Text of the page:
• Connect with the inspired. The Web makes it easy to contact almost anyone you admire, whether you’ve actually met them or not, so why not send a quick note to someone you think is doing good work? We can go digital with the UP, down, side to side method, too, if we use email to send kind words to deserving people. As an added perk, this kind deed helps you network with the people that inspire you the most.

My final plea comes even more directly from the heart: I ask you to be the type of person that shows others how kind strangers can be. We know that the most despairing communities and hardened individuals need kindness the most. So why not break the cycle and show them some goodness? Go ahead and get started with a little UP, down, and side to side action. It’s great for making friends out of strangers (and can also provide a nice little cardio workout).



Jennifer Prod is a Minneapolis-based blogger who believes in the power of creativity, positivity, and chocolate chip cookies. She’s written about happiness experiments and proliferating kindness on Idealist, and is always cooking up something on her blog, Apartment Wife.




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Tiny houses open big doors for Wisconsin’s homeless

This week on Idealists in Action, we’re exploring the concept of Home.

In October 2012, we were jazzed to write about the tiny houses movement, and have been excited to watch it gain traction since then. Here’s an update about a new use for tiny houses being developed in the Midwest.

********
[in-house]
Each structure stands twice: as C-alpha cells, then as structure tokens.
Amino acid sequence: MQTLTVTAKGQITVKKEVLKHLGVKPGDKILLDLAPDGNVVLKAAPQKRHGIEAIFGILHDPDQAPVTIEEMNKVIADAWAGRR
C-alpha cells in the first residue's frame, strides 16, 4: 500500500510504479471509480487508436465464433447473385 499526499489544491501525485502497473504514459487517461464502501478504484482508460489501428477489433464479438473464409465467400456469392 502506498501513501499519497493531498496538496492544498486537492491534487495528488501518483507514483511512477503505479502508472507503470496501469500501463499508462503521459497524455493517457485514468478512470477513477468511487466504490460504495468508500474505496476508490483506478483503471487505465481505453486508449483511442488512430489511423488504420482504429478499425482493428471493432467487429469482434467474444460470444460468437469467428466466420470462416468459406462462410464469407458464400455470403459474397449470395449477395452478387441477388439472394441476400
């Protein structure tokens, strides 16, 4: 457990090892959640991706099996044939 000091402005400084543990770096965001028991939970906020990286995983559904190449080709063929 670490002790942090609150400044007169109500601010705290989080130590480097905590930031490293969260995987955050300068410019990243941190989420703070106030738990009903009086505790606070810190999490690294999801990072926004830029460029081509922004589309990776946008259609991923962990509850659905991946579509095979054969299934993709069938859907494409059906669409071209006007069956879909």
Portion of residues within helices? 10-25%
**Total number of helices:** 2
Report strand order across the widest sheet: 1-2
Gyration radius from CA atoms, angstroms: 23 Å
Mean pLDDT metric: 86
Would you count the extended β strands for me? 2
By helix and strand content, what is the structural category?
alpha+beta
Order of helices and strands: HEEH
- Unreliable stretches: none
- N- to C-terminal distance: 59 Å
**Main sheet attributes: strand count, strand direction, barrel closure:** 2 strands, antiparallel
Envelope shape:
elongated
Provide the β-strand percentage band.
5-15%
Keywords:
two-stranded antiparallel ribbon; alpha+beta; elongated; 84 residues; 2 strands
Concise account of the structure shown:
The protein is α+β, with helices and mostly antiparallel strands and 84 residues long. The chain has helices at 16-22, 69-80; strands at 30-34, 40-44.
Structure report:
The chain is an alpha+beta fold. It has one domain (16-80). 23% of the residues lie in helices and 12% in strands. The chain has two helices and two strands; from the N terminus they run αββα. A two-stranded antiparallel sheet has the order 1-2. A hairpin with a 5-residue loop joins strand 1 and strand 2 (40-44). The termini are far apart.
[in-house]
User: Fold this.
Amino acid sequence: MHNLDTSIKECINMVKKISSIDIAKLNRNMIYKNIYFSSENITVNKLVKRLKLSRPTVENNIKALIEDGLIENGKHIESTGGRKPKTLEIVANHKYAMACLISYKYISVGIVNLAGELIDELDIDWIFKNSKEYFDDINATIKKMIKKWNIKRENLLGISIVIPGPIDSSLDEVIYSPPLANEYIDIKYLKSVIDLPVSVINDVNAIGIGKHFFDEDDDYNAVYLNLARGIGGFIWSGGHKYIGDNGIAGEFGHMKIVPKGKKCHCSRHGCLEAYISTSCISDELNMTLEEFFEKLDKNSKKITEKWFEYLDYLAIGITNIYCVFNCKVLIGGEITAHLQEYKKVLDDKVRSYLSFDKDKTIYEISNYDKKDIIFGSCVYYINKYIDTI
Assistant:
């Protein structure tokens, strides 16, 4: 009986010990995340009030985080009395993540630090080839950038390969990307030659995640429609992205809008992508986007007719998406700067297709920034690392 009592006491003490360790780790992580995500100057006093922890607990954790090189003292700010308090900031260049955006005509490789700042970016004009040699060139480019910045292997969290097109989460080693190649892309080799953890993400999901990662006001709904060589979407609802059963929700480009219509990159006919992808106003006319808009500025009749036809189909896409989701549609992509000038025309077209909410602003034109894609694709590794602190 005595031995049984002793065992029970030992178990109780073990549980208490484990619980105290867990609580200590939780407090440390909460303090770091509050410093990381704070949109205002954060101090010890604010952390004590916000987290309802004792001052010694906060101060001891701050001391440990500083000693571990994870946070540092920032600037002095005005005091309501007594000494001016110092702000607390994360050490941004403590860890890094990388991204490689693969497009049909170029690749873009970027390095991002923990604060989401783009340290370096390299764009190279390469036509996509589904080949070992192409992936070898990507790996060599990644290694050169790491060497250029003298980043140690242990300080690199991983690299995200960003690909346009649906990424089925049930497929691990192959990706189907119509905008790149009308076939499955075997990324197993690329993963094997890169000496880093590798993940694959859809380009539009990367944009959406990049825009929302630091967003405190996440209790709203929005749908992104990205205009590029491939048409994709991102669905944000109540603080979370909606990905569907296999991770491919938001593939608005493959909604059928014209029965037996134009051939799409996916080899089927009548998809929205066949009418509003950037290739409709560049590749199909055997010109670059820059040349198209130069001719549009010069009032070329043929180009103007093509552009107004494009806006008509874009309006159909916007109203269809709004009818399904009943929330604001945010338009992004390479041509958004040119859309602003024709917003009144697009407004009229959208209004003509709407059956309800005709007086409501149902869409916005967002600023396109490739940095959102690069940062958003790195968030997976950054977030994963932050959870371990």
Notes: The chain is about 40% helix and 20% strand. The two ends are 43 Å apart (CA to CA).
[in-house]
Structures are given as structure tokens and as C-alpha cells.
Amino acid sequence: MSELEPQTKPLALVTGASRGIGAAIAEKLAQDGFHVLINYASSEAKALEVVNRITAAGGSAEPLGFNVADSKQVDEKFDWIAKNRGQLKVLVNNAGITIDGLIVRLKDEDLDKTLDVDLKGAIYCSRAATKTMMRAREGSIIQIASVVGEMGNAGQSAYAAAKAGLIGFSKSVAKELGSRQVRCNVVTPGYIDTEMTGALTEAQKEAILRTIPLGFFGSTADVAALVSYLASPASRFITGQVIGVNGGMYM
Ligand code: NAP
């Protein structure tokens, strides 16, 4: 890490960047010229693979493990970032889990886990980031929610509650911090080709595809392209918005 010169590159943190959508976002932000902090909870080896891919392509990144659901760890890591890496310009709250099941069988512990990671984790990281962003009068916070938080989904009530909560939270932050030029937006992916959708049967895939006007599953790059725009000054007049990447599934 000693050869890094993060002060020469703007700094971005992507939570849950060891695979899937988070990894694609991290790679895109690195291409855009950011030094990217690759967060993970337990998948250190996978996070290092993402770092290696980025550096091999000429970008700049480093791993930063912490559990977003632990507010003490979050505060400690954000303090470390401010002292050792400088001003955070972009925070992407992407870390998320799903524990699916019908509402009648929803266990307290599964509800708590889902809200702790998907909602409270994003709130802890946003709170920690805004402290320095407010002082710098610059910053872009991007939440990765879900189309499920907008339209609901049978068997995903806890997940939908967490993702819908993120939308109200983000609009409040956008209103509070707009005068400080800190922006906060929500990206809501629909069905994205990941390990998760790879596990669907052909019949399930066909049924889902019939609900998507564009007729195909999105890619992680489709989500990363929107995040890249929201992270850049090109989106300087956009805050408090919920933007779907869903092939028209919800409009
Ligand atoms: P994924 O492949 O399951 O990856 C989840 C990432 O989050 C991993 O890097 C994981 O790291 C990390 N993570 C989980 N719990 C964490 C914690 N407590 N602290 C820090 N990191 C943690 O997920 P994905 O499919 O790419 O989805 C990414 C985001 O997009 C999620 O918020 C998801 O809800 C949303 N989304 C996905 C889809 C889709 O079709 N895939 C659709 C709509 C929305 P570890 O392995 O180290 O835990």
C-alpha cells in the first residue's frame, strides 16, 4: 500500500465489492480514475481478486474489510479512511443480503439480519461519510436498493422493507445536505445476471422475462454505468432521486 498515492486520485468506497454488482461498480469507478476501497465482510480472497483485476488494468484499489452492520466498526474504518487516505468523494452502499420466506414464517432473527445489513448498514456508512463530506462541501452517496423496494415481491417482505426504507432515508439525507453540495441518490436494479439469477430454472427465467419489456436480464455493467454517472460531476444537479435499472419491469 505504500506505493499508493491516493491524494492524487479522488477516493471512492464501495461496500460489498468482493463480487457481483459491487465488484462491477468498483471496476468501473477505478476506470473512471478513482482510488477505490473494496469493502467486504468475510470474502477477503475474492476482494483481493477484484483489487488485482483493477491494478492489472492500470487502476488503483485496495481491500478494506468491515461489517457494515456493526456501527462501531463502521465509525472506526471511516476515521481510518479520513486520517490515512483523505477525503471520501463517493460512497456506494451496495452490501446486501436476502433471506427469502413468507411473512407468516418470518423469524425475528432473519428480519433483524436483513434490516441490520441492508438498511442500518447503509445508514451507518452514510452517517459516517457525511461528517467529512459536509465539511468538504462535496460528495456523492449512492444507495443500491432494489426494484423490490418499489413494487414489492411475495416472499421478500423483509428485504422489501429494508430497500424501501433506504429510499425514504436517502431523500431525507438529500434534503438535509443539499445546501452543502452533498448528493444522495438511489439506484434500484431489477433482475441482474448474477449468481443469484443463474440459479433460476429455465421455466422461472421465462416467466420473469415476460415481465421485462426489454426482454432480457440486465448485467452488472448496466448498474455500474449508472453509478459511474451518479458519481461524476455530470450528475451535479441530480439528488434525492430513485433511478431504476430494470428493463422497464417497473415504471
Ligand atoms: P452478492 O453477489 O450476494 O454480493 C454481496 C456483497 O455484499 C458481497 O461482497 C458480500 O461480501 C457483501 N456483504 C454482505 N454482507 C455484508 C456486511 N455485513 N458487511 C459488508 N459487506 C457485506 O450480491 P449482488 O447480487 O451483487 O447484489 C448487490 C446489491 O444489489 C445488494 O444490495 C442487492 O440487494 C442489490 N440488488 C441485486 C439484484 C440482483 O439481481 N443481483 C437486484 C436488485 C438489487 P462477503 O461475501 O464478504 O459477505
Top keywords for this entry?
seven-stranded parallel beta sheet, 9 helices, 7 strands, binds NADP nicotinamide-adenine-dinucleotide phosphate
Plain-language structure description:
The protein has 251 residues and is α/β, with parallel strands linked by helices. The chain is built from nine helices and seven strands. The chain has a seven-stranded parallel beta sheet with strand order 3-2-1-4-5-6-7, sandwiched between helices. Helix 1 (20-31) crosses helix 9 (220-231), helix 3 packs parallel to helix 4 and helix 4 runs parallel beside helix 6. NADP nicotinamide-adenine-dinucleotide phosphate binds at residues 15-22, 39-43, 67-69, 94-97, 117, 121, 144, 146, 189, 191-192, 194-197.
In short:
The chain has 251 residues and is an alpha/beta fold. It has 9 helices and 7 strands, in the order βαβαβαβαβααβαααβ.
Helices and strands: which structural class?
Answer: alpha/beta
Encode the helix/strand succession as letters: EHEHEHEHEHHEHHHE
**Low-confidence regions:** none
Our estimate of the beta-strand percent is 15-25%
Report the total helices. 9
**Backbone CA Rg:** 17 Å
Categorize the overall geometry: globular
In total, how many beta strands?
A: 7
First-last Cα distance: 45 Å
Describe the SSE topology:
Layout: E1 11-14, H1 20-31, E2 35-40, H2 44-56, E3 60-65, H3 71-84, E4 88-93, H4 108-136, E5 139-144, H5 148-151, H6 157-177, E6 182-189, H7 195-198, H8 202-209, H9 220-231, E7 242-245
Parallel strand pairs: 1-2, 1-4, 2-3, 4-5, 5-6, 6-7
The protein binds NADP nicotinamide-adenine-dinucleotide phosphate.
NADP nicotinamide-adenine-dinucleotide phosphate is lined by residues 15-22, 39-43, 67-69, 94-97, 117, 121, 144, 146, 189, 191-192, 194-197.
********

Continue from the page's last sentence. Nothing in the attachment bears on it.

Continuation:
Homelessness is an unfortunate fact in our society, and one we consistently struggle to understand and address. In Madison, Wisconsin, a group called OM Build has a new take on the issue—and it happens to be tiny. Say hello to…

Tiny houses!


Too cute! One of OM Build’s tiny houses.
(photo courtesy Lauren Wagner)

These 99-square foot houses are built cheaply and without a need for serious, specialized construction skills. OM Build is betting they’ll help address the need for homeless housing in Madison and change the conversation around homelessness in the city.

Based on a similar project in Portland, Oregon, these tiny houses (for now) must be moved every 48 hours to comply with a city ordinance. (Good thing they’re built on wheels!) OM Build—which grew out of the Occupy movement in Madison last January (OM stands for Occupy Madison)—has been working with community leaders to change laws and make a more permanent “tiny village” possible. Not only would this alleviate the burden for residents of having to literally move house every two days, it would make it easier for people to form a community of neighbors.